Watch videos with subtitles in your language, upload your videos, create your own subtitles! Click here to learn more on "how to Dotsub"

Back from Beijing: Brian Conley

0 (0 Likes / 0 Dislikes)
  • Embed Video

  • Embed normal player Copy to Clipboard
  • Embed a smaller player Copy to Clipboard
  • Advanced Embedding Options
  • Embed Video With Transcription

  • Embed with transcription beside video Copy to Clipboard
  • Embed with transcription below video Copy to Clipboard
  • Embed transcript

  • Embed transcript in:
    Copy to Clipboard
  • Invite a user to Dotsub
♪Rocket Boom ♪ I'm sitting here with a face that many of you will recognize-- Brian Conley, obviously, who collaborates with RocketBoom. He just flew in from China this morning where he was detained for 5 days--? Six--6-and-a-half days--6-1/2 days. 6-1/2 days--and you would know that. Yes. BC>> Yeah. 6-1/2 days probably felt quite long. BC>> Yes. How was it organized? Because obviously, you weren't all having sort of, open--out-in- the-open conversations. Yeah, I mean the primary usage is Twitter. You know--Joanne>> Yeah. BC>> contact--communicating back and forth. You know, where do you need to be to meet someone, where am I? "Go here on this day at this time." So then all of a sudden, somebody turns up and arrests you. Yeah, [laughs]. Joanne>> So tell me about that, what happened? I had a knock on the door, "Hello sir, it's the police, please open the door". "No you're not under arrest we're just investigating some problems, there's some foreigners, and some Chinese who are planning to do some bad things to Americans and we're just trying to do a check to make sure everything's okay" Then I was sitting in the car outside and I heard the trunk open and realized that they were putting all of our belongings-- --myself and Jeff's belongings--had been packed up in our hotel room and were put into this car. And then I was driven to some sort of strange building that, at the time, I assumed was some kind of strange police bureau-- --brought into some sort of a little--almost like a little conference room-- --but with a very small table, maybe 4 or 5 feet across, 3 chairs. Then 3 officers came in and basically began to interrogate me. "Why are you here?" "Who sent you to Beijing?" "What's your purpose?" "What are you doing?" The way it works in China--as I understand it--is they have 24 hours to do an "investigation"-- Okay --and they don't have to charge you, they don't have to tell the embassy-- --they don't have to do anything--they can just hold you and question you for 24 hours-- --after which point they need to charge you or release you. So after about 8 or 10 hours, one of the guards left, and the other 2 guards fell asleep. Because --you know, they had been up for as long as I had. Yeah, which was 20-odd hours by now. Yeah, and so I just took out my phone and texted my wife and said "In jail. All fine." Just thought if people here would know--you know--what was going on--and would start to do something. >>Joanne: Yeah. >>BC: After 22 hours, they put us in a van, and we thought "Okay, well we're--they must be going to--we're going to be deported." Joanne: Yeah. >>BC: Because everybody before had been held for a maximum of, I think, 70 hours and then deported. And then we realized "No, we're going away from the airport." They took us to this--basically a prison, outside the city-- Processed us, you know, checked our medical health, gave us prison uniforms, took our clothes-- --and then, basically, locked each of us up in a cell with a bunch of other people--basically, generally pop. Several people in my cell had been held for over 50 days and told "Oh, well, we'll release you after the Olympics." You know, but not when-- Para-Olympics? Regular Olympics? How long after the Olympics? There was a German guy who had overstayed his visa, he had been in there for 45 days--"We'll release you after the Olympics." Joanne>> Okay. BC>> You know. A Cameroonian guy had been there for 58 days without seeing his embassy. So I was told the reason that we were being held for 10 days--and not deported like everyone else was-- --roughly immediately after, was because we were producing media and distributing the content. And they felt like that was-- Joanne>> Without permission. BC>> Yeah. Joanne>> Without their permission. BC>>Yeah, yeah. And they felt like that was much worse, much more dangerous, much more egregious, much more offensive than simply expressing your opinion-- --holding a flag, or causing a disruption. Joanne>>Are you looking forward to getting home? Yeah. Yes. Joanne>> Taking a bath? Yes, I'm very happy to be here, I took a shower this morning, I shaved, cleaned up. It felt really great. Joanne>> It's good to see you, Brian, and thanks for spending some time with us, really appreciate it. Thank you. Good to see you too.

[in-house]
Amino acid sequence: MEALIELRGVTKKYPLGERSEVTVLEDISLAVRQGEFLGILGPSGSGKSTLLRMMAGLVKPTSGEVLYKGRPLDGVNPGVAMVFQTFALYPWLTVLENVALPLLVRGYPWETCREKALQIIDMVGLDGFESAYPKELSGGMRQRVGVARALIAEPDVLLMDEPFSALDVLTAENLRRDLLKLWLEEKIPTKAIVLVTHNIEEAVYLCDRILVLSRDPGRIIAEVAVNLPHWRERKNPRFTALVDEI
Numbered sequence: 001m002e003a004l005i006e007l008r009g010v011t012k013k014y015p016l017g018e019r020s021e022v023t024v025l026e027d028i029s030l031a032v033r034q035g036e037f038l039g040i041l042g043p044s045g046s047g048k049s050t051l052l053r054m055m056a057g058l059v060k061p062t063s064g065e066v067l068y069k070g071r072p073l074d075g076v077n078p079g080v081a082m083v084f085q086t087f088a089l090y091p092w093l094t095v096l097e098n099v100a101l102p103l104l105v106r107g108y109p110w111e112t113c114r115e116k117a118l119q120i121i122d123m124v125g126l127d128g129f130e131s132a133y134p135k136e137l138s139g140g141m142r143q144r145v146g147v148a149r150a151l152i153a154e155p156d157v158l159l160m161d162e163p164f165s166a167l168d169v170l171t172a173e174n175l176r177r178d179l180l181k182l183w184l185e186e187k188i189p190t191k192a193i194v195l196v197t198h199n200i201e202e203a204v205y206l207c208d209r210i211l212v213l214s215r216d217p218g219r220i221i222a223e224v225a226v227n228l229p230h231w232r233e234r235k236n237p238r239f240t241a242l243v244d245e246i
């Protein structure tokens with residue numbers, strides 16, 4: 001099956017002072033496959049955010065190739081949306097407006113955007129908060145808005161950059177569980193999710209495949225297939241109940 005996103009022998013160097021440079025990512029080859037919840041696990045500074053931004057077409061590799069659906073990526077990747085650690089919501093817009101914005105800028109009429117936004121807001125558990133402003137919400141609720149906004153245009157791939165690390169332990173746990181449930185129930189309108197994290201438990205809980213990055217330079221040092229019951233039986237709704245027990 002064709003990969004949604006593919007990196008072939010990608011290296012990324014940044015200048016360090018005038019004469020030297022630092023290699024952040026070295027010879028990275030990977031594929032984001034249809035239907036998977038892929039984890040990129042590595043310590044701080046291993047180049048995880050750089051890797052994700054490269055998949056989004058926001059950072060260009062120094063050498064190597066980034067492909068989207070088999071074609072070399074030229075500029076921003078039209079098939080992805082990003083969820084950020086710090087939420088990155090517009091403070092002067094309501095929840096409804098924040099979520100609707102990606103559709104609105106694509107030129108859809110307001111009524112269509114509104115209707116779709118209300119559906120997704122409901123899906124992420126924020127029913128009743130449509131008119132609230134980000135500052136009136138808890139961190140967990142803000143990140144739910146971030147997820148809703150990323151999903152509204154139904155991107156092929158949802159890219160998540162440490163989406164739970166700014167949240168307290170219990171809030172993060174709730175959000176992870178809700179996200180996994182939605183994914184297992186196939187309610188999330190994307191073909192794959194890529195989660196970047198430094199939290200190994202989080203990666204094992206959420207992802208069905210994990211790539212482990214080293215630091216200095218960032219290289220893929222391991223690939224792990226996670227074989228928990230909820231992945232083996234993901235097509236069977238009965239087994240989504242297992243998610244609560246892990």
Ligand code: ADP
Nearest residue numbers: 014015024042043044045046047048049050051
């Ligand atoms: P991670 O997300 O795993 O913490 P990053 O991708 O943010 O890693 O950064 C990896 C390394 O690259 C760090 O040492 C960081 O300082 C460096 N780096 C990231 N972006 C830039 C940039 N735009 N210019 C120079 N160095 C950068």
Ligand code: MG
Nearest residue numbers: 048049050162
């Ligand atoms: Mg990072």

Video Details

Duration: 3 minutes and 42 seconds
Language: English
License: Dotsub - Standard License
Genre: None
Views: 2,110
Posted by: rocketboom on Aug 27, 2008

Joanne speaks with Alive in Baghdad’s Brian Conley upon his return to the United States after he was arrested and detained in Beijing last week for videotaping acts of civil disobedience by Students for a Free Tibet during the 2008 Summer Olympics.

Caption and Translate

    Sign In/Register for Dotsub to translate this video.